Formica indianensis

AntWiki: The Ants --- Online
Jump to navigation Jump to search
Formica indianensis
Scientific classification
Kingdom: Animalia
Phylum: Arthropoda
Class: Insecta
Order: Hymenoptera
Family: Formicidae
Subfamily: Formicinae
Tribe: Formicini
Genus: Formica
Species group: microgyna
Species: F. indianensis
Binomial name
Formica indianensis
Cole, 1940

Formica indianensis casent0105749 profile 1.jpg

Formica indianensis casent0105749 dorsal 1.jpg

Specimen labels

At a Glance • Temporary parasite  



The scape and tibiae of this species are almost without erect hairs, except for a few scattered bristles on the flexor surface of the tibiae. Erect hairs are sparse, but include a few scattered hairs on the clypeus, up to six erect hairs on the dorsum of the head, up three erect hairs on the ventral surface of the head, erect hairs scattered on the dorsum of the mesosoma, on the petiole, and on all surfaces of the gaster. Many of the hairs areunt tipped, especially those on the pronotum. The head, mesosoma, petiole, and appendages are reddish-brown with infuscation on the upper surfaces, the gaster is dark brown. All surfaces are dull and punctate.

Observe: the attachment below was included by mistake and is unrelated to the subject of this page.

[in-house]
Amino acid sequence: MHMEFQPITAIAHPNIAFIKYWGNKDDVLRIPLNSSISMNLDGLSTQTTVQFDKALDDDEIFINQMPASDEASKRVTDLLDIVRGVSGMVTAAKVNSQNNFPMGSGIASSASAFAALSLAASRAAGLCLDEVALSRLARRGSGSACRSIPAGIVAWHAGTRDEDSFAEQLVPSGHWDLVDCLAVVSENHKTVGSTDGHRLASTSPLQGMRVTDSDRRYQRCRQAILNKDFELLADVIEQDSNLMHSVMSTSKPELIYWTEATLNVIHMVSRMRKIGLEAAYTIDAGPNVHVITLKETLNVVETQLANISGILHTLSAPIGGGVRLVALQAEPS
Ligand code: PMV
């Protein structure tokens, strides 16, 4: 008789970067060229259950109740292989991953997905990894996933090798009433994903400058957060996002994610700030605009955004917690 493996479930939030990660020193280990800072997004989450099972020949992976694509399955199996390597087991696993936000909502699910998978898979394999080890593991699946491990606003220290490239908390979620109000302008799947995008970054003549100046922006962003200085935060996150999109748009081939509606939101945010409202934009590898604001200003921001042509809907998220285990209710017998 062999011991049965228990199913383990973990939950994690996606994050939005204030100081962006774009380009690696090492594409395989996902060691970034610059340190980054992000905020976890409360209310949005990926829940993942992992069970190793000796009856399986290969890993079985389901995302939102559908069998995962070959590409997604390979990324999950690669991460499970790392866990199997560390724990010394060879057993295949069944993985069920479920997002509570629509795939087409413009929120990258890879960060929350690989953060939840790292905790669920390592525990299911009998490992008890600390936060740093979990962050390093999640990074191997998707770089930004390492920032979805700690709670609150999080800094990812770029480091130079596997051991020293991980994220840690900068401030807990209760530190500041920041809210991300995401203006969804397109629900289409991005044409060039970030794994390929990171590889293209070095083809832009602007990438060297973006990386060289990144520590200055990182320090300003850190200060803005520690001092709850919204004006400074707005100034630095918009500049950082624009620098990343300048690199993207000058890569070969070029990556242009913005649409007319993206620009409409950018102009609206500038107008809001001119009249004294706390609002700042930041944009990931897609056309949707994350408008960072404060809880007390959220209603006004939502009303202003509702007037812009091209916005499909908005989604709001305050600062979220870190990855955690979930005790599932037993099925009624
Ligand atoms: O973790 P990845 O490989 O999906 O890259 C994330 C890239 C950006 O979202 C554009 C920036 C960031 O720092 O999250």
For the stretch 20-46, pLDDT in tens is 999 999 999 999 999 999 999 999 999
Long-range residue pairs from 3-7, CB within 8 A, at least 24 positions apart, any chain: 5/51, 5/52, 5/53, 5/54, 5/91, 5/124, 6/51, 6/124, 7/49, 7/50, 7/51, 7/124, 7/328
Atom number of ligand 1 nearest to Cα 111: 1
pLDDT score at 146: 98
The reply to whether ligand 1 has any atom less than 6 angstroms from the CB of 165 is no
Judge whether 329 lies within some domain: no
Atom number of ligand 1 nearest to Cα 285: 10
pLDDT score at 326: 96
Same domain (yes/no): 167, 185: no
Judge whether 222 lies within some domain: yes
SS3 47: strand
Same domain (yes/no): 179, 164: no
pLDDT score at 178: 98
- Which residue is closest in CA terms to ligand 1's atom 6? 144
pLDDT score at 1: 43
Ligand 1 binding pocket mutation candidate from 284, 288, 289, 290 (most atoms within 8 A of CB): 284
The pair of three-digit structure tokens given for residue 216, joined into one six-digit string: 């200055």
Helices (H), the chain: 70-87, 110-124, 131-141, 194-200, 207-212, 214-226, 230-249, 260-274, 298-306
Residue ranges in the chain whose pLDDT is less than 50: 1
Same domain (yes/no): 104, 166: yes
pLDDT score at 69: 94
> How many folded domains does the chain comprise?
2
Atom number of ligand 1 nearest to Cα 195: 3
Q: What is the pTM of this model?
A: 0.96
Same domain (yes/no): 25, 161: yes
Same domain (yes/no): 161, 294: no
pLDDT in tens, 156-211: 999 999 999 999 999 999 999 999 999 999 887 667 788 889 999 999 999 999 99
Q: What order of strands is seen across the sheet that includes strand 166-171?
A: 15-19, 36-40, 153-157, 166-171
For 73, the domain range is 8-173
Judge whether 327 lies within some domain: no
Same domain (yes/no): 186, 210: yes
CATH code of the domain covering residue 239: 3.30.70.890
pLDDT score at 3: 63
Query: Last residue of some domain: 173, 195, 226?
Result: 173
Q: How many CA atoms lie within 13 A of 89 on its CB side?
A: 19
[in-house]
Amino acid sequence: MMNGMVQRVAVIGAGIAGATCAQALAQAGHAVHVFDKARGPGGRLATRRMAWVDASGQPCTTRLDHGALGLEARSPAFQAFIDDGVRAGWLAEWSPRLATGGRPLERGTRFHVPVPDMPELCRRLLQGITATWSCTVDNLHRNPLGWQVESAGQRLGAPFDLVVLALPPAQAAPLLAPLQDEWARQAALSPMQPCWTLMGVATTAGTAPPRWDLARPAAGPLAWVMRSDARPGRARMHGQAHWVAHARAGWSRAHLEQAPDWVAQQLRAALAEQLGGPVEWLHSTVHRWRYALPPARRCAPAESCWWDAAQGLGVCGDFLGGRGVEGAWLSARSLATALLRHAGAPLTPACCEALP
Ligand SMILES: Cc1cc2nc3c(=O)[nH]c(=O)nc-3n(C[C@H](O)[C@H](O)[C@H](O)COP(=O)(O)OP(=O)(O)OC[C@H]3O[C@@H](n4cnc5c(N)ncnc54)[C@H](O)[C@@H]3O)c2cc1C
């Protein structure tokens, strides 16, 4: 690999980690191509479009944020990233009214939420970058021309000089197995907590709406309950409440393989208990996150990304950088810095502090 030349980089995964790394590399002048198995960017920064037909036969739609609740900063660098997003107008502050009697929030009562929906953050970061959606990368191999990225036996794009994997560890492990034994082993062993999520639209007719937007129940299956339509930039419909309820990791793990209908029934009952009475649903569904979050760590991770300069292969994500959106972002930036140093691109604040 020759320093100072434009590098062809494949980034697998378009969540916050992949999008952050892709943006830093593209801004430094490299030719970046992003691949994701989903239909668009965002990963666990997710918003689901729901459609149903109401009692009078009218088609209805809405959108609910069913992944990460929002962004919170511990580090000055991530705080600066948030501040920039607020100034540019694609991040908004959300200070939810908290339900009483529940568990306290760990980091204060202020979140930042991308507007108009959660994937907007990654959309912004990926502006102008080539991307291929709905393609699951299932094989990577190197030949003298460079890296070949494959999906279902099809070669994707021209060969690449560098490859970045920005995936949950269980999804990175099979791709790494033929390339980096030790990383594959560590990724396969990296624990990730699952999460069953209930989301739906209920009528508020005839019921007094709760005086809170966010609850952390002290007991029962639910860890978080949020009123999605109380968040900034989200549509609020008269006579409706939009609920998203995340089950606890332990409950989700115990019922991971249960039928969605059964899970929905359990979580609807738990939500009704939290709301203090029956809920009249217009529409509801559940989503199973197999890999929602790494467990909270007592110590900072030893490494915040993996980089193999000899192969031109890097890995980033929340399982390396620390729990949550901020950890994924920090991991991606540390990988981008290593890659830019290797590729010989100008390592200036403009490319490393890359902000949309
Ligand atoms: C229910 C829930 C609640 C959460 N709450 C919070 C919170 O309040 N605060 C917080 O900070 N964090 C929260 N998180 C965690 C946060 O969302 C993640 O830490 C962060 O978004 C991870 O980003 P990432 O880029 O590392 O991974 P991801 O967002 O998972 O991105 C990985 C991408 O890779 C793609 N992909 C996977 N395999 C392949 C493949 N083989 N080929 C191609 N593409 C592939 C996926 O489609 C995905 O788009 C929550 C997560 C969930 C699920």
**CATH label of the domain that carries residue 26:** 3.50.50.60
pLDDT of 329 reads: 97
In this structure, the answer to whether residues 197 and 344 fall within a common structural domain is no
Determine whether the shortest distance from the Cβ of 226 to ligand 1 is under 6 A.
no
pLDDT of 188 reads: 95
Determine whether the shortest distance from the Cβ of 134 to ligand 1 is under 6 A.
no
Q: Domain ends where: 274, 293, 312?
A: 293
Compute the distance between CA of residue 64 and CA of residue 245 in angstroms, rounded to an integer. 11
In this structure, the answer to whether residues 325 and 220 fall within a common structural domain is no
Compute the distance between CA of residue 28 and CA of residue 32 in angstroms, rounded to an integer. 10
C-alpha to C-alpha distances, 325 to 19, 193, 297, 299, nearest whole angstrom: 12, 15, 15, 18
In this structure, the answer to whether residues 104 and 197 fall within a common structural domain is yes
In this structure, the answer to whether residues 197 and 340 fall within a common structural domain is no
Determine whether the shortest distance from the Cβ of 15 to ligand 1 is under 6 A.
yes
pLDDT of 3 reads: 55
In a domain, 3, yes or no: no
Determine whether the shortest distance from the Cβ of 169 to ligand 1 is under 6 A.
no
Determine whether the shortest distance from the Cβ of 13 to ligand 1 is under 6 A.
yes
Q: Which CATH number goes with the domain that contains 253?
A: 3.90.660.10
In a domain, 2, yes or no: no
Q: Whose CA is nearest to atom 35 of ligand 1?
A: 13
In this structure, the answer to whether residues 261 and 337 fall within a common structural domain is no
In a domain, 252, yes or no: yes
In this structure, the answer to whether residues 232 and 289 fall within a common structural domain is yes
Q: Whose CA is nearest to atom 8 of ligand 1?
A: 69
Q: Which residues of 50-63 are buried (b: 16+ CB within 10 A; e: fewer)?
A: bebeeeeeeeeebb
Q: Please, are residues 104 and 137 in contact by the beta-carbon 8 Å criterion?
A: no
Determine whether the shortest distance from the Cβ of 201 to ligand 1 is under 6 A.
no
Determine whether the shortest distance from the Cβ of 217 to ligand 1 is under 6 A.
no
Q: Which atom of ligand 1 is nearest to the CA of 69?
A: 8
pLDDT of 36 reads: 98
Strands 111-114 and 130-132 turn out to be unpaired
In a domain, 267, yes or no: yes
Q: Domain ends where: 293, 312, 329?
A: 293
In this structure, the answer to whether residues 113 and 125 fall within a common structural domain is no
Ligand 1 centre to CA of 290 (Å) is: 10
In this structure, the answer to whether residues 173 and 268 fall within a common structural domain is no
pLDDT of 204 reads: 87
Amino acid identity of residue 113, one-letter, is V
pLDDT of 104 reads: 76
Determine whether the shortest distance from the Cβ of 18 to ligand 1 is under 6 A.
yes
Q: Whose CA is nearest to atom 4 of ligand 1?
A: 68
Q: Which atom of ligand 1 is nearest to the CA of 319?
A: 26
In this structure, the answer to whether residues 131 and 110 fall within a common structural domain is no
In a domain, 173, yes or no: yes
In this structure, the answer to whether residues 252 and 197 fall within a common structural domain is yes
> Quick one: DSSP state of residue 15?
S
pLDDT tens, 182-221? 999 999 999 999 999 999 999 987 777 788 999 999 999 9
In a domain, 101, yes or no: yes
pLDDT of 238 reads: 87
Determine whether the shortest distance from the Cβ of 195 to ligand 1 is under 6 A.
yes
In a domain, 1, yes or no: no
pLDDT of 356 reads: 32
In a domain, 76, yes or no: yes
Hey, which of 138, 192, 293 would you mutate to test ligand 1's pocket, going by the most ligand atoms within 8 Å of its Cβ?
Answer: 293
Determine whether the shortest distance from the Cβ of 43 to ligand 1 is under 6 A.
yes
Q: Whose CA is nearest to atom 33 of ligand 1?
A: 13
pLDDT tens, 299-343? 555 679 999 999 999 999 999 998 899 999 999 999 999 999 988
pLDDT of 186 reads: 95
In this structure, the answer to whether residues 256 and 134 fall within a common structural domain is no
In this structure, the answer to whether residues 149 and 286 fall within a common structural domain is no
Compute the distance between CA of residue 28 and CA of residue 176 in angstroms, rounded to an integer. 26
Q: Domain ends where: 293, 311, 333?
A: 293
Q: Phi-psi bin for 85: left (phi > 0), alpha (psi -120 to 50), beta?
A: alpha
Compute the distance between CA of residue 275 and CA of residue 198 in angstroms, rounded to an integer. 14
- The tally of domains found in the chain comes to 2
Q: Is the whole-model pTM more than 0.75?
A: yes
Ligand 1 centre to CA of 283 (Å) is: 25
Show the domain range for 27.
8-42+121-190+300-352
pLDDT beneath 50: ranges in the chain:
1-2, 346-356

This species could be confused with Formica postoculata, Formica difficilis and Formica querquetulana, but can be separated by the few hairs on the dorsum of the head.


Distribution based on Regional Taxon Lists

Nearctic Region: United States (type locality).

Distribution based on AntMaps


Distribution based on AntWeb specimens

Check data from AntWeb


This species is likely to be a temporary parasite of another species of Formica, but its host is unknown.




The following information is derived from Barry Bolton's Online Catalogue of the Ants of the World.

  • indianensis. Formica indianensis Cole, 1940: 224 (w.m.) U.S.A.

Taxonomic Notes

It is possible that it will be shown to be a synonym of Formica postoculata when more material of both species becomes available. Both F. postoculata and F. indianensis may be synonyms of F. difficilis.



References based on Global Ant Biodiversity Informatics

  • Carroll T. M. 2011. The ants of Indiana (Hymenoptera: Formicidae). Master's Thesis Purdue university, 385 pages.
  • Cole A. C., Jr. 1940. A new ant from Indiana. American Midland Naturalist 23: 224-226.